I Got Starlight: Ella Fitzgerald Sings The George and Ira Gershwin Songbook
Ira Gershwin once declared, “I never knew how good our songs were until I heard Ella Fitzgerald sing them.” Indeed, the Gershwins owe much of their enduring success to vocalist Ella Fitzgerald (1917–1996), whose clear tone, seemingly effortless improvisational skills, and tremendous popularity earned her the nickname “The First Lady of Jazz.” Fitzgerald’s accessible yet powerful interpretations of the Gershwins’ music helped repopularize it over twenty years after George’s death, further cementing their compositions in the Great American Songbook.
Launched to fame by her 1938 recording “A-Tisket, A-Tasket,” Fitzgerald recorded over 200 albums during a robust, nearly 60 year-long career. She also collaborated with the likes of Dizzy Gillespie, Duke Ellington, and Louis Armstrong, and was the bandleader of her own ensemble, Ella Fitzgerald and Her Famous Orchestra. Her enormous impact on American music earned her countless accolades, including over a dozen Grammys, the National Medal of Arts, and the Presidential Medal of Freedom, as well as honorary doctorates from Yale, Dartmouth, and several other universities.
Between 1956 and 1964, Fitzgerald recorded eight albums known collectively as the “Ella Fitzgerald Songbooks.” Each of these albums anthologized the music of a different American composer whose work was part of the Great American Songbook—that is, the term often given to tunes by composers such as Cole Porter, Irving Berlin, Duke Ellington, and the Gershwins, who are considered to be integral to American popular music history. Fitzgerald’s songbook interpretations popularized bygone show tunes, jazz numbers, and Tin Pan Alley melodies with mainstream audiences, ultimately transforming them into songs that became part of a distinctly American musical canon—and they have remained in performance since.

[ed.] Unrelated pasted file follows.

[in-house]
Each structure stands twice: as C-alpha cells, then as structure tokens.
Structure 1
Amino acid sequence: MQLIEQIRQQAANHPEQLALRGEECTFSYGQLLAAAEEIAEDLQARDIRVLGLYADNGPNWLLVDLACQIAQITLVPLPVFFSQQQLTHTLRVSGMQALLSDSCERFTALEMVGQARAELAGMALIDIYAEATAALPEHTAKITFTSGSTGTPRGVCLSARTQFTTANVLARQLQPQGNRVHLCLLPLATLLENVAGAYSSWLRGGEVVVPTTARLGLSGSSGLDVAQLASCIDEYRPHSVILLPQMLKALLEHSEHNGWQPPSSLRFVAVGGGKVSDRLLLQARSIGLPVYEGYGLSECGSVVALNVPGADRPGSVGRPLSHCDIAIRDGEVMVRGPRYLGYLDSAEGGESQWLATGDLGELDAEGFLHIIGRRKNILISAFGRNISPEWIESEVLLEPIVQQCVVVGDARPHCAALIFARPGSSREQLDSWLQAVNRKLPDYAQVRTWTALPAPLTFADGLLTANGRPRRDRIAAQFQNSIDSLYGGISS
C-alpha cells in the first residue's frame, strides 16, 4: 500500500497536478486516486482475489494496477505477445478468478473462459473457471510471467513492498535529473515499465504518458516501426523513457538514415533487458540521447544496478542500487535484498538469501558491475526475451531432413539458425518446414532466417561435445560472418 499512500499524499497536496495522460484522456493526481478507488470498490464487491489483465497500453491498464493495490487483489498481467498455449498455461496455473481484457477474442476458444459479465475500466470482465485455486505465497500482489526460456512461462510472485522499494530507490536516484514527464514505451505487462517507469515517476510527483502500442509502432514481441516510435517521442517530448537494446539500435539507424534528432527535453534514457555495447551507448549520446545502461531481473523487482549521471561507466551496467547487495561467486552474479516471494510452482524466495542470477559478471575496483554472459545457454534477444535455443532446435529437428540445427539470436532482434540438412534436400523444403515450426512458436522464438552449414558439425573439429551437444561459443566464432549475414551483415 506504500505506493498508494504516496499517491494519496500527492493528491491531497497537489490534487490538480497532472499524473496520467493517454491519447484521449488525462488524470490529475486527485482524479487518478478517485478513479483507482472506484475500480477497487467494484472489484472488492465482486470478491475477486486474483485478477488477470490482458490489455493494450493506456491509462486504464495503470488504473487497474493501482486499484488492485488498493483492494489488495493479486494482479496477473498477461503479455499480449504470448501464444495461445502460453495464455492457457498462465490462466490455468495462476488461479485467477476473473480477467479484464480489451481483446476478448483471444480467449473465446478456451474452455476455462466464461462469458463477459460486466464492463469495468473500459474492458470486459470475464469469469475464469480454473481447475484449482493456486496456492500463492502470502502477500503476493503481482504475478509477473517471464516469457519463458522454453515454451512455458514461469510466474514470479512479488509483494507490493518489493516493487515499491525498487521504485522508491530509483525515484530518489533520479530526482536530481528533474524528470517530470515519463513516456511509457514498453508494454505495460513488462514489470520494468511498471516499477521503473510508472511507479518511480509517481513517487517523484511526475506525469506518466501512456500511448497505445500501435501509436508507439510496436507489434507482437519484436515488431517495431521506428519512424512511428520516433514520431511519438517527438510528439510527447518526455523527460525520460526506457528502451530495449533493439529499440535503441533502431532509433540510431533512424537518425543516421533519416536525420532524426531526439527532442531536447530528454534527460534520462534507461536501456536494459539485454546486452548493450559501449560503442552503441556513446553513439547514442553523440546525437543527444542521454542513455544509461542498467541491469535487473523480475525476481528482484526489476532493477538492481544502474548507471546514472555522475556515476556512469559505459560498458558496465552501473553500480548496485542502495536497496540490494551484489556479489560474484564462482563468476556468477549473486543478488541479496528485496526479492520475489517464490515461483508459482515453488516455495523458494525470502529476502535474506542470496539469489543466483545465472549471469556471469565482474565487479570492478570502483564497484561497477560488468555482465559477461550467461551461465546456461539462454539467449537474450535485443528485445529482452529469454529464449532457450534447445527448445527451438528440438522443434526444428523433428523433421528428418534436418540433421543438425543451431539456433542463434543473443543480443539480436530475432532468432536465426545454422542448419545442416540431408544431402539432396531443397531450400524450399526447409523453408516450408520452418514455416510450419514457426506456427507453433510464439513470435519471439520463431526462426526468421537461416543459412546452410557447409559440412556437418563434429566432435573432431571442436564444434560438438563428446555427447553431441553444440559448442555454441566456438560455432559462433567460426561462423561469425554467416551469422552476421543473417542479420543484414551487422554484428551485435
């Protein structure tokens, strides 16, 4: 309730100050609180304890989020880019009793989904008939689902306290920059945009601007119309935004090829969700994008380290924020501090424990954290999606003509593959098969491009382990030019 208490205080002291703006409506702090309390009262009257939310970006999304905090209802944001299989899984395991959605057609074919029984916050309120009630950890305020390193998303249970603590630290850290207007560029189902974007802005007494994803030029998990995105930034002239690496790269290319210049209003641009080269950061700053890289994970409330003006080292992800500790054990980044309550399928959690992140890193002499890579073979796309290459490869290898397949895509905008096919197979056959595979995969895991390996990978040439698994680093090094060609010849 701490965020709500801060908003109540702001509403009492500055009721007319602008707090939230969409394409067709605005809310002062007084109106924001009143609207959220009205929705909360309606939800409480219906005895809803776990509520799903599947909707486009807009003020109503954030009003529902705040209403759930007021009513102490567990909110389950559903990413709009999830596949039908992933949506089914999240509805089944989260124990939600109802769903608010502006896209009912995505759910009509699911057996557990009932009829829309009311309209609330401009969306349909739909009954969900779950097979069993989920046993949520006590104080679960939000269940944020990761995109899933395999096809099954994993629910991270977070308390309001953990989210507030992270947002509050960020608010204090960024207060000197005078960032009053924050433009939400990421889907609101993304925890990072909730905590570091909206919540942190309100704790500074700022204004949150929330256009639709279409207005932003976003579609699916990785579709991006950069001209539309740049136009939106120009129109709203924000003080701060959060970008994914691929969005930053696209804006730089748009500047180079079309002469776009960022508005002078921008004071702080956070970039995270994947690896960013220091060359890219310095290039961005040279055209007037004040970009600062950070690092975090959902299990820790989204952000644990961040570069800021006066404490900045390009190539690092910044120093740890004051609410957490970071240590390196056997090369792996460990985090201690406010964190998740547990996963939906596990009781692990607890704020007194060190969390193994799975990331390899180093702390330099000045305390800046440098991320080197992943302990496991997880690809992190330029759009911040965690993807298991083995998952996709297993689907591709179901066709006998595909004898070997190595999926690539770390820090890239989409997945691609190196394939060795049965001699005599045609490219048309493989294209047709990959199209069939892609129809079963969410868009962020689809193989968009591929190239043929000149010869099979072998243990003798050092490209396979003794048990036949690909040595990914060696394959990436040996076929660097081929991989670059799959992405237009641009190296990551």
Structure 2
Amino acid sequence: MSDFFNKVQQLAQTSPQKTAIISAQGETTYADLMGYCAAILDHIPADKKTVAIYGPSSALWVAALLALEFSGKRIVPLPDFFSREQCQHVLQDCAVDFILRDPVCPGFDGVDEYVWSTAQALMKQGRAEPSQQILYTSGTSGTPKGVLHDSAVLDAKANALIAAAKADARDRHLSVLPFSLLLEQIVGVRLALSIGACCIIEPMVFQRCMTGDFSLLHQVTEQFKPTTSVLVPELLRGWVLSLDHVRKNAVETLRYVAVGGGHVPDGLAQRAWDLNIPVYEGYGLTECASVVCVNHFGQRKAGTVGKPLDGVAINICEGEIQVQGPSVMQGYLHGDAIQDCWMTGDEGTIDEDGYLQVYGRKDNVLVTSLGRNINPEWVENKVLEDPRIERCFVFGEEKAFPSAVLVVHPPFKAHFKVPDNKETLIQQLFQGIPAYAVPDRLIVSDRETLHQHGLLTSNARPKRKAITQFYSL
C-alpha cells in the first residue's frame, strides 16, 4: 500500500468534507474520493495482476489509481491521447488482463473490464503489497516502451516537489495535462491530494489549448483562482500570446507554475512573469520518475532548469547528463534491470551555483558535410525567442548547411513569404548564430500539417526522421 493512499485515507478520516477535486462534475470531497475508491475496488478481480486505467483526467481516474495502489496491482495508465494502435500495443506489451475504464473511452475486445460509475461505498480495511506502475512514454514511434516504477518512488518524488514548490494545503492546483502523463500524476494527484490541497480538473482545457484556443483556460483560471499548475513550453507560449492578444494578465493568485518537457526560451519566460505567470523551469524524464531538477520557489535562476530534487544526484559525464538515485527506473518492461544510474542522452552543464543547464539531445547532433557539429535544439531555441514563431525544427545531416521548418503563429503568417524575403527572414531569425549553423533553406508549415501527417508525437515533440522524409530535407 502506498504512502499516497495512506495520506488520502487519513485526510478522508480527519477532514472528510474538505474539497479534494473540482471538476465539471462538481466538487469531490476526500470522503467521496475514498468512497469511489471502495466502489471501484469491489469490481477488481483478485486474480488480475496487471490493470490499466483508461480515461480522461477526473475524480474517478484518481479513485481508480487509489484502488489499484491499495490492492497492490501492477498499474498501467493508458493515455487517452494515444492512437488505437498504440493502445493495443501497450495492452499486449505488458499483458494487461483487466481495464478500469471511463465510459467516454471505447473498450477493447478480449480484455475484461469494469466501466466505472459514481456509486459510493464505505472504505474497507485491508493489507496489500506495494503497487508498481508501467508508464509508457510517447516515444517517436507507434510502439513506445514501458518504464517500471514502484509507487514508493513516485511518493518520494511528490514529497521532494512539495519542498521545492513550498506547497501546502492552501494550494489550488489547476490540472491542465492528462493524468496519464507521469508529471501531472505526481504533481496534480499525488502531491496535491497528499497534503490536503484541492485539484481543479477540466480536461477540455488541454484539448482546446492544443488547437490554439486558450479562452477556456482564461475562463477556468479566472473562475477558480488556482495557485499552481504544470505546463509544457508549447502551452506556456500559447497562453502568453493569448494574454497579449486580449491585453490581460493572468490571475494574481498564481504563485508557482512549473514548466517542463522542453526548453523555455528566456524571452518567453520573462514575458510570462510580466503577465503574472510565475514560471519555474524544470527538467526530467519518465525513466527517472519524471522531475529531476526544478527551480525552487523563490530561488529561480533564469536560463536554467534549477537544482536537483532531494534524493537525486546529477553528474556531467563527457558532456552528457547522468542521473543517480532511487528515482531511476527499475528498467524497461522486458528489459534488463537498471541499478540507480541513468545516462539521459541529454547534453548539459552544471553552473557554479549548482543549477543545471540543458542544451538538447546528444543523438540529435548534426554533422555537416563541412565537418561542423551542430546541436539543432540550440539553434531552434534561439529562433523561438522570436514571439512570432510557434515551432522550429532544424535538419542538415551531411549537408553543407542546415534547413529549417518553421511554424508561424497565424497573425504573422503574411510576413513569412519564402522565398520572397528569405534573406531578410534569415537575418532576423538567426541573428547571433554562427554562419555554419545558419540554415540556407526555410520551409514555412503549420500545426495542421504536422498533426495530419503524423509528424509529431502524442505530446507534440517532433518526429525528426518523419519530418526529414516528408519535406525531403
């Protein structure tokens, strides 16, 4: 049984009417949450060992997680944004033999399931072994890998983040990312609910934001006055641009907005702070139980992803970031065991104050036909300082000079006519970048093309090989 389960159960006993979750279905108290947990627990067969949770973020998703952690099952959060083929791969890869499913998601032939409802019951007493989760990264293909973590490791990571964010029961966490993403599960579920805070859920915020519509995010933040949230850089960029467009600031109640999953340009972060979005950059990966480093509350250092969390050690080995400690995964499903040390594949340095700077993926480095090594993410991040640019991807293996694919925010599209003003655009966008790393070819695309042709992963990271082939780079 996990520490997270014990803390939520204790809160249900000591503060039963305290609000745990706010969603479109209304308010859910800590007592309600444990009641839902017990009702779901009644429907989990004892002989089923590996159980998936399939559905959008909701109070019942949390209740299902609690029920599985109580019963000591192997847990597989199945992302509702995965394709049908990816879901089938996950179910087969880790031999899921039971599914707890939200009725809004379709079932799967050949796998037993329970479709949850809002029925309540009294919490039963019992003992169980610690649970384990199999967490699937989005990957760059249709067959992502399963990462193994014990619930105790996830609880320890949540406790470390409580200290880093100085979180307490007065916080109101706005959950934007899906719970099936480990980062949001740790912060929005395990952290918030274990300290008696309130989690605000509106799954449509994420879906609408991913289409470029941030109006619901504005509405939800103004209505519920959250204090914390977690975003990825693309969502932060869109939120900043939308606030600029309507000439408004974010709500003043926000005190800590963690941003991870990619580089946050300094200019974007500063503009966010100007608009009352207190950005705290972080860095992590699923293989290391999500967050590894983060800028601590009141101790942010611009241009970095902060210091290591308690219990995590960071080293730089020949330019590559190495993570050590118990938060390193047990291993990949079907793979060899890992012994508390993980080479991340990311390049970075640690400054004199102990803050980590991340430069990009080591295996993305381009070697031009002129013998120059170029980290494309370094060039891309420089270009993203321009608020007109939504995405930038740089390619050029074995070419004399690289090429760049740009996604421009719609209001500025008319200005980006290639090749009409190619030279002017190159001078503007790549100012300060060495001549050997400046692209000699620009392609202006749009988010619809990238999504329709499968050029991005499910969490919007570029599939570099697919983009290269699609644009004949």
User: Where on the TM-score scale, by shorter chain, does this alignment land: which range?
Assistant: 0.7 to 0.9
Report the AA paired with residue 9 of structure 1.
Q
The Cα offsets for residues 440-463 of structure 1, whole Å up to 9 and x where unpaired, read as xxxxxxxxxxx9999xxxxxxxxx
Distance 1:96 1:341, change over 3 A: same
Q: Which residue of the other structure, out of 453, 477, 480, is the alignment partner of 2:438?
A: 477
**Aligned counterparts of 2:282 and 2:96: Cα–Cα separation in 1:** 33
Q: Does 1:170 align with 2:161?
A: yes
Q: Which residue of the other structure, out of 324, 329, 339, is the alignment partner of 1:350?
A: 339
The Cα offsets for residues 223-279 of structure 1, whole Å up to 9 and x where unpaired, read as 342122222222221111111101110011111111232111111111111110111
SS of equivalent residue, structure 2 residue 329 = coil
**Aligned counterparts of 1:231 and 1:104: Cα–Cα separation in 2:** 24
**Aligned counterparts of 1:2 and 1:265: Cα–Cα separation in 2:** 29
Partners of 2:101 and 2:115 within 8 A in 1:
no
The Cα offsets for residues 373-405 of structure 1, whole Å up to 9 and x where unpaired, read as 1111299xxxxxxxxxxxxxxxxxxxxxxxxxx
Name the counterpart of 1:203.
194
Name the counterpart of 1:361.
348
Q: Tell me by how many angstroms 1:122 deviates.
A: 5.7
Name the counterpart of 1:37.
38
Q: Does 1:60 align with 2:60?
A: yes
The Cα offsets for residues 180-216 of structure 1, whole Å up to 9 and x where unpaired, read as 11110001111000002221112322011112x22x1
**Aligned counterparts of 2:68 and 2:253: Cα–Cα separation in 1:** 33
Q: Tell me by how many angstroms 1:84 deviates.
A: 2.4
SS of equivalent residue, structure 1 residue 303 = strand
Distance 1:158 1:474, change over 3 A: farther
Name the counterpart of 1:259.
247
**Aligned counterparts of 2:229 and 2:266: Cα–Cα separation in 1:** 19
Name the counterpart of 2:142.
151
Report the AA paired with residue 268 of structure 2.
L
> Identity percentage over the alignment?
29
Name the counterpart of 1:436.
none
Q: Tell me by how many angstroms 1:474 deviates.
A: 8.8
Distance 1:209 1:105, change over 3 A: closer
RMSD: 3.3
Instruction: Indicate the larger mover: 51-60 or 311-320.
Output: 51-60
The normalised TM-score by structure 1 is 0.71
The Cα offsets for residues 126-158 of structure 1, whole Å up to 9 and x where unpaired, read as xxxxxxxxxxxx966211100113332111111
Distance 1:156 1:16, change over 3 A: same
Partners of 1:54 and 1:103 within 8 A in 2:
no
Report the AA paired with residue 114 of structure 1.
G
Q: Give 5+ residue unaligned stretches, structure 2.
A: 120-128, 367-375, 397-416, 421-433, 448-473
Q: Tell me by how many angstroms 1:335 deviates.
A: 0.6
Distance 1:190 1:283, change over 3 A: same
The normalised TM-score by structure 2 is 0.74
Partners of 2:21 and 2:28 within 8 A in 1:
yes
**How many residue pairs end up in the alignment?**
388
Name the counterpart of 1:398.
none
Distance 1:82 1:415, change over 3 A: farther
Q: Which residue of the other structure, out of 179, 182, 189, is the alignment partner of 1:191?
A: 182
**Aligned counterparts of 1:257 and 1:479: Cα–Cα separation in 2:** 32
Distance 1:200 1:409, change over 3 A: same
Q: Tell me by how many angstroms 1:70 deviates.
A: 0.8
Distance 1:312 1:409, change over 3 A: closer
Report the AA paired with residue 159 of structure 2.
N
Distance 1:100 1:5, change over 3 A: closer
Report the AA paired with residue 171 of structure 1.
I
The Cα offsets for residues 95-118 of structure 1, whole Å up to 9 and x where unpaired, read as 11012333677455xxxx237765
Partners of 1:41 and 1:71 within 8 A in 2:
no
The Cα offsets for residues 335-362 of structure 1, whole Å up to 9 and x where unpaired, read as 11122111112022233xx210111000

One of these anthologies was Ella Fitzgerald Sings the George and Ira Gershwin Songbook, which features a wide variety of the Gershwin brothers’ songs. Backed by a studio orchestra, Fitzgerald recorded 59 tracks over an eight-month period in 1959. Check out the video below to hear Fitzgerald’s performance of “I Got Rhythm,” a unique rendition that is indicative of her essential role in the broader transformation of the Gershwins’ music from show tunes to American Songbook standards. Fitzgerald makes the familiar tune her own by incorporating scat singing, an improvisatory jazz vocal technique that uses wordless vocables to imitate instrumental riffs. Fitzgerald is especially renowned for the virtuosity she brought to this technique, originally popularized by her contemporary, jazz trumpeter and vocalist Louis Armstrong, with whom she recorded an album of selections from the Gershwins’ and Heywards’ Porgy and Bess in 1958. Although Fitzgerald described her approach as simply trying “to do what I heard the horns in the band doing,” she honed this technique for years and is now considered one of the preeminent jazz vocal improvisers. Have a listen to Fitzgerald’s iconic rendition of “I Got Rhythm,” a song that transcends its musical theatre origins in this fabulous recording.
Holden, Stephen. “Ella Fitzgerald, the Voice of Jazz, Dies at 79,” June 16, 1996. https://www.nytimes.com/1996/06/16/nyregion/ella-fitzgerald-the-voice-of-jazz-dies-at-79.html.
Nicholson, Stuart. Ella Fitzgerald : A Biography of the First Lady of Jazz, Updated Edition. New York: Routledge, 2004.